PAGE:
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I am glad to hear that about Blue Hill. It is one of my current favorites. However, in my opinion, you can not generalize that to Daniel if your son in law was in the kitchen. In fact, I often offer up Daniel as the example for the opposite. We have had very mediocre meals at Daniel (their 30 dollar glass of wine recommended for one of their signature dishes was so bad that we had to send it back). The one fantastic meal at Daniel happened when we were in the company of someone who knew the chef owner. The contrasting meals underscore my preference for high end restaurants that have the owner/chef in the house.

I agree with Bux that, at a great restaurant, the experience should not depend on the main chef being physically present that day. The owners of Blue Hill are curently splitting their time between the city and Stone Barns, and they are maintaining the high standards of both places. This suggests they are not merely great chefs, but also strong managers, as most executive chefs have to be.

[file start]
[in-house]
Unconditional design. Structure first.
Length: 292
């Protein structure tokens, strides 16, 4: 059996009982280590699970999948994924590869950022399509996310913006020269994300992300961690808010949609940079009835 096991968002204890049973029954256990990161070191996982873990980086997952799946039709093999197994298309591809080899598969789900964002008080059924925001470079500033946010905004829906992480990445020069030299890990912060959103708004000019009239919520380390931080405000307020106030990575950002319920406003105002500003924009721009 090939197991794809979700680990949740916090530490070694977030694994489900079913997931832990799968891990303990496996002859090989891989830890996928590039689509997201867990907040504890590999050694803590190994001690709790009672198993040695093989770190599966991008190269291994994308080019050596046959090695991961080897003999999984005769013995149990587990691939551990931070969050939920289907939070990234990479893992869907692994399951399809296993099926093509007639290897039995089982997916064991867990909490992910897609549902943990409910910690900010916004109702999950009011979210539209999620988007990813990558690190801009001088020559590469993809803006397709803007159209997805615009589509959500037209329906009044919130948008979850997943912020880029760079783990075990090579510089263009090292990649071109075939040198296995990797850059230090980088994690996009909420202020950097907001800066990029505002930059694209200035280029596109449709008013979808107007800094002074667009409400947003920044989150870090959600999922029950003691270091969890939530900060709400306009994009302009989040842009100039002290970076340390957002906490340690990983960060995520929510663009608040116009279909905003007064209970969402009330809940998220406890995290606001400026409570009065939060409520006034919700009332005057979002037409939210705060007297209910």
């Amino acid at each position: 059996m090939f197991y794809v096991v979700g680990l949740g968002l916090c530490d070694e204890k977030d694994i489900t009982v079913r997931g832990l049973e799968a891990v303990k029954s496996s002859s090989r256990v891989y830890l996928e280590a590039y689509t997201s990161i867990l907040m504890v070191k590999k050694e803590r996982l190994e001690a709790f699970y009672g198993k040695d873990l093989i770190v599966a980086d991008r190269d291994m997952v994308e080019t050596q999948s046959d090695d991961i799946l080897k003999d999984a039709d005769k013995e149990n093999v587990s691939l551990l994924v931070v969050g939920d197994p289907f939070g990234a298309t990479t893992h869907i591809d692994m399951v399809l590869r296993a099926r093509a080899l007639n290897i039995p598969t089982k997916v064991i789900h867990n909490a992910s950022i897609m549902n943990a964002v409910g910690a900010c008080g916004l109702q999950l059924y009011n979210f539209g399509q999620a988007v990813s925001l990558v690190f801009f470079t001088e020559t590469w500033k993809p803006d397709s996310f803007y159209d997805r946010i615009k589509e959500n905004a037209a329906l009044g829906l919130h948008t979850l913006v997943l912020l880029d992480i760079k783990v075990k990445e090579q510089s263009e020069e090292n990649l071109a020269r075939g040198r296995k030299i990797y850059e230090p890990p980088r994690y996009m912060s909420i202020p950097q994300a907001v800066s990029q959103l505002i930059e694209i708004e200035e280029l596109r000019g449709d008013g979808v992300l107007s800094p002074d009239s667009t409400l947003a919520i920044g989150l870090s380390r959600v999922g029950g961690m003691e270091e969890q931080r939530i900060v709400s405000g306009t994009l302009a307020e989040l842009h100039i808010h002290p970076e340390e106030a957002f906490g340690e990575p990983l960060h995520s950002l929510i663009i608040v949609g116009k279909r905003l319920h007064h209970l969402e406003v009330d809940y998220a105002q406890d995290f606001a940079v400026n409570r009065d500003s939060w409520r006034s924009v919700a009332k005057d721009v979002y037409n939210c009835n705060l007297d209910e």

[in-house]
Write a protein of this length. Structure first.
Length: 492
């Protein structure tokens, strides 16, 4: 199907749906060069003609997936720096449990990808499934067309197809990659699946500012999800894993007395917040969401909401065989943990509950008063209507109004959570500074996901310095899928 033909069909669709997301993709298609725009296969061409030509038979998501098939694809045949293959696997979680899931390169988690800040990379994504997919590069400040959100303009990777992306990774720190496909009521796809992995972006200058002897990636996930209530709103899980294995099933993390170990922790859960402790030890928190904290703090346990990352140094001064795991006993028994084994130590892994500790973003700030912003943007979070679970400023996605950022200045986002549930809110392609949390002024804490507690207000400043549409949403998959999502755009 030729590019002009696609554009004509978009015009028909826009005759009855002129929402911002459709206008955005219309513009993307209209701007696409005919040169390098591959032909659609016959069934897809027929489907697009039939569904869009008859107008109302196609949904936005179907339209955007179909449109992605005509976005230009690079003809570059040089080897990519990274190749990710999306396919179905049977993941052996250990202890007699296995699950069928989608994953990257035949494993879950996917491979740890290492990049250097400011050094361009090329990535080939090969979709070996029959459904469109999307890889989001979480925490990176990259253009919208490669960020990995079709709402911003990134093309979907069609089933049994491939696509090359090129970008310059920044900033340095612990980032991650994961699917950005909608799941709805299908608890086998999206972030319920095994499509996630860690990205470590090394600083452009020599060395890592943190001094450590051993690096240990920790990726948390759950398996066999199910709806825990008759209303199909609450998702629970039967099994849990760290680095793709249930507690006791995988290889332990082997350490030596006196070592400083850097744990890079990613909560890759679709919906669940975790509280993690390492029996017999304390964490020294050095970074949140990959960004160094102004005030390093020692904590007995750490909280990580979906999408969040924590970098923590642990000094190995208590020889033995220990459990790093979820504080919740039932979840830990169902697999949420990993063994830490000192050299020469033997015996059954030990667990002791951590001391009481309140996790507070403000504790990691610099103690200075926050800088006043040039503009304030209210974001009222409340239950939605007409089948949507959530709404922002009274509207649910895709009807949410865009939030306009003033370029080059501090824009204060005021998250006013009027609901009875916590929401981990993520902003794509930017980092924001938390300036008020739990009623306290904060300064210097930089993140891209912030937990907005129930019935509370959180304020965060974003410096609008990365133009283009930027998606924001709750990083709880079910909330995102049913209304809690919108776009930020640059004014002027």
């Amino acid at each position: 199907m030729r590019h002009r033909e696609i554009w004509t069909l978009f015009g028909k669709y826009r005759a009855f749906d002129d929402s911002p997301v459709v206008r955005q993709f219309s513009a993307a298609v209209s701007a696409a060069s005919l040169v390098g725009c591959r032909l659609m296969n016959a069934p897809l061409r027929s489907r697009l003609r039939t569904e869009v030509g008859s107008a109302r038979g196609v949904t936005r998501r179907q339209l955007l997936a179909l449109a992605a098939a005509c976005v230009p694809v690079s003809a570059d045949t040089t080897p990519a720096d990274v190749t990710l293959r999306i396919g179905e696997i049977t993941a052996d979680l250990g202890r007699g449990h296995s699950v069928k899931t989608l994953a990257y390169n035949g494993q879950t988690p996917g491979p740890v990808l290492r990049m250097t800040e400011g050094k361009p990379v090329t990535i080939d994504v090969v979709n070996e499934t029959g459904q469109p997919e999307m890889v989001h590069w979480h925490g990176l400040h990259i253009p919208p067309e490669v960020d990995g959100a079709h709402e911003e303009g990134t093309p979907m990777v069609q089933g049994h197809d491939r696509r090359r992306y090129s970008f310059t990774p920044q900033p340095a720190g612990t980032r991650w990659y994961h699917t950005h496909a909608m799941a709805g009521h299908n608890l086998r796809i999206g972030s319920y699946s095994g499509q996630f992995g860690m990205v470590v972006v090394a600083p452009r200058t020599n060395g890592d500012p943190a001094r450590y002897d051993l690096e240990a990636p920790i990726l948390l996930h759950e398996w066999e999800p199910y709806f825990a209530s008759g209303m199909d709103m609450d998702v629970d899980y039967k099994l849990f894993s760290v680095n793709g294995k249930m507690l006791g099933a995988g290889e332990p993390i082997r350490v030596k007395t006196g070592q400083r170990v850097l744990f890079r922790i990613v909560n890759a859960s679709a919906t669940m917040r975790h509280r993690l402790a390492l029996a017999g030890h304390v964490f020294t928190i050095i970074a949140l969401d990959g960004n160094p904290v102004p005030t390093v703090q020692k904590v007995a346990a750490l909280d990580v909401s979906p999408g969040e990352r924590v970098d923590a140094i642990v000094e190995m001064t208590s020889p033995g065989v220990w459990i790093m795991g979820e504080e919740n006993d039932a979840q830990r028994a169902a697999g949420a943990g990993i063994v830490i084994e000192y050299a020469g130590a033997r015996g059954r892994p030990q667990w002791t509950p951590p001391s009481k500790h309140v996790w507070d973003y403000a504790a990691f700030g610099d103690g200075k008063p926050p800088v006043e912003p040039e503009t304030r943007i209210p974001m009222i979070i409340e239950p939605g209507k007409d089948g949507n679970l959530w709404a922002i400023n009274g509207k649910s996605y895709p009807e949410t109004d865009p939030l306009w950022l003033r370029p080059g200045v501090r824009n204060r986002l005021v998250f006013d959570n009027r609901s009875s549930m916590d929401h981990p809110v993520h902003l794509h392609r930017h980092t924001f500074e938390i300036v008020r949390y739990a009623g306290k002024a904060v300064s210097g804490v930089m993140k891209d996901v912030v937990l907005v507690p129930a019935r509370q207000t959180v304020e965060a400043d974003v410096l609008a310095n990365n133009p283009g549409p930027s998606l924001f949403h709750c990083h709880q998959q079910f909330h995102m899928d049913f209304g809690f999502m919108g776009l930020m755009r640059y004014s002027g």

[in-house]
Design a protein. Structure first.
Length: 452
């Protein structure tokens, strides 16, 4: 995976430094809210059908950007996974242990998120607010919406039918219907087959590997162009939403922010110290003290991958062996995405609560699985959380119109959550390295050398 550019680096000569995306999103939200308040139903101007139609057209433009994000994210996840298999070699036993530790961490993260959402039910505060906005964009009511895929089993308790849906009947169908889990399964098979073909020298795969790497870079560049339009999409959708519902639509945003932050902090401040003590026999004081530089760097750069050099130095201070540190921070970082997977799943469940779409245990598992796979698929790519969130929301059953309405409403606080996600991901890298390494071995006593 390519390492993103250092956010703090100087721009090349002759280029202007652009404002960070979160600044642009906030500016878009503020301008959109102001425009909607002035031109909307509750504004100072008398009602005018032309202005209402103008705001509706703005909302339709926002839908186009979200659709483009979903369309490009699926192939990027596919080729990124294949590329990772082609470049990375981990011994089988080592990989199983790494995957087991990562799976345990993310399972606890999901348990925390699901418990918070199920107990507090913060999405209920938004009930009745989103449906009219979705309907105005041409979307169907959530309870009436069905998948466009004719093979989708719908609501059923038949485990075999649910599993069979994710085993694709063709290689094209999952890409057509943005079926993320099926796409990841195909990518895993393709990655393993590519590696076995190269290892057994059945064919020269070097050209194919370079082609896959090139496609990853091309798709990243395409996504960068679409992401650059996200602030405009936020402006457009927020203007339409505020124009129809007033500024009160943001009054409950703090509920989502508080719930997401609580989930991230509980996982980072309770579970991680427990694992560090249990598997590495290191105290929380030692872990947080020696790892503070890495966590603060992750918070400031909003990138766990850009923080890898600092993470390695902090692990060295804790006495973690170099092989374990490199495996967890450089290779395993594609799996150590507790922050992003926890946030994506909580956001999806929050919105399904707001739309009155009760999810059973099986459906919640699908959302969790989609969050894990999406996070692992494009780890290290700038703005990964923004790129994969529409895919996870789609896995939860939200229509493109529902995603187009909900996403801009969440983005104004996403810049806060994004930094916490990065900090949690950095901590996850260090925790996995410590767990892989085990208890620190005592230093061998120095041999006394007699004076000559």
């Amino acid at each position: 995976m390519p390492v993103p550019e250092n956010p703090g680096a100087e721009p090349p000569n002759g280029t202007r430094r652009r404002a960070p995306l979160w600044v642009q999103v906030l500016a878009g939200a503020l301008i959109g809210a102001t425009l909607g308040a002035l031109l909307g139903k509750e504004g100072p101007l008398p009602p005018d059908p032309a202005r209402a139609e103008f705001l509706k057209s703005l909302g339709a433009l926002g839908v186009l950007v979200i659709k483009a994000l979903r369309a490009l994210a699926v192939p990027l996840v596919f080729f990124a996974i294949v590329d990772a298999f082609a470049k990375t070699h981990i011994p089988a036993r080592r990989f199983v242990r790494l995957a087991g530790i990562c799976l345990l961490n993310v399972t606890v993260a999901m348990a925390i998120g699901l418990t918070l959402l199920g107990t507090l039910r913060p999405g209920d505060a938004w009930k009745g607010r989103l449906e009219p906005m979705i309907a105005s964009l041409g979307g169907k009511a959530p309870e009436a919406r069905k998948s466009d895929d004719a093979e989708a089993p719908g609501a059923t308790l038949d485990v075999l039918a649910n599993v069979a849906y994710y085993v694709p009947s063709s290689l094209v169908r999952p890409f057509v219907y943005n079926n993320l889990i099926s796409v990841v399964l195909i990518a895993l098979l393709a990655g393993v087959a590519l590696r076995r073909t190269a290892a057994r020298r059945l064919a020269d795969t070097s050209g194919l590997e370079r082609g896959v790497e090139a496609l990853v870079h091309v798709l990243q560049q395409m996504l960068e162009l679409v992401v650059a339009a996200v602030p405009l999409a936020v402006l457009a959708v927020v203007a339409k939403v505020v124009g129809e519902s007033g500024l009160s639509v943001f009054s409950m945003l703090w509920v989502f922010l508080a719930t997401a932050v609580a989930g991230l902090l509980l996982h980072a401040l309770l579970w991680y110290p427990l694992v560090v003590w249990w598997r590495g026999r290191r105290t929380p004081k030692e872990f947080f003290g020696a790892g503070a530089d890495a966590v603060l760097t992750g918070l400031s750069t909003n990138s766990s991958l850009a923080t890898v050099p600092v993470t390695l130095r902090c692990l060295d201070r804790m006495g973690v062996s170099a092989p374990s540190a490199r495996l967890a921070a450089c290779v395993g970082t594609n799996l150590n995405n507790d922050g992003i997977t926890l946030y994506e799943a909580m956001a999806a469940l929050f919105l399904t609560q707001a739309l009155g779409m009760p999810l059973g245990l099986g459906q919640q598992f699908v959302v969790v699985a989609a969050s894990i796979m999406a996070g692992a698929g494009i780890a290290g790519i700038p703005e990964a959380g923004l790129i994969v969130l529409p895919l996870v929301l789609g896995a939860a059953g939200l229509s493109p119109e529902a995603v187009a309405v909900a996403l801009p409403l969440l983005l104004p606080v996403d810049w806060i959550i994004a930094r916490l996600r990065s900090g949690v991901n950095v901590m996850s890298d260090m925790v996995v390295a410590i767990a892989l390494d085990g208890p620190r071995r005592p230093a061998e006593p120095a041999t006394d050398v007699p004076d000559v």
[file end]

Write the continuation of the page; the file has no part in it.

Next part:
As for Daniel, even on nights when Boulud is in the house, I doubt that he is double-checking the sommelier's recommendations. Your $30 glass of wine would probably have been the same regardless of whether Boulud was there that day.

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Bux,

I am glad to hear that about Blue Hill. It is one of my current favorites. However, in my opinion, you can not generalize that to Daniel if your son in law was in the kitchen. In fact, I often offer up Daniel as the example for the opposite. We have had very mediocre meals at Daniel (their 30 dollar glass of wine recommended for one of their signature dishes was so bad that we had to send it back). The one fantastic meal at Daniel happened when we were in the company of someone who knew the chef owner. The contrasting meals underscore my preference for high end restaurants that have the owner/chef in the house.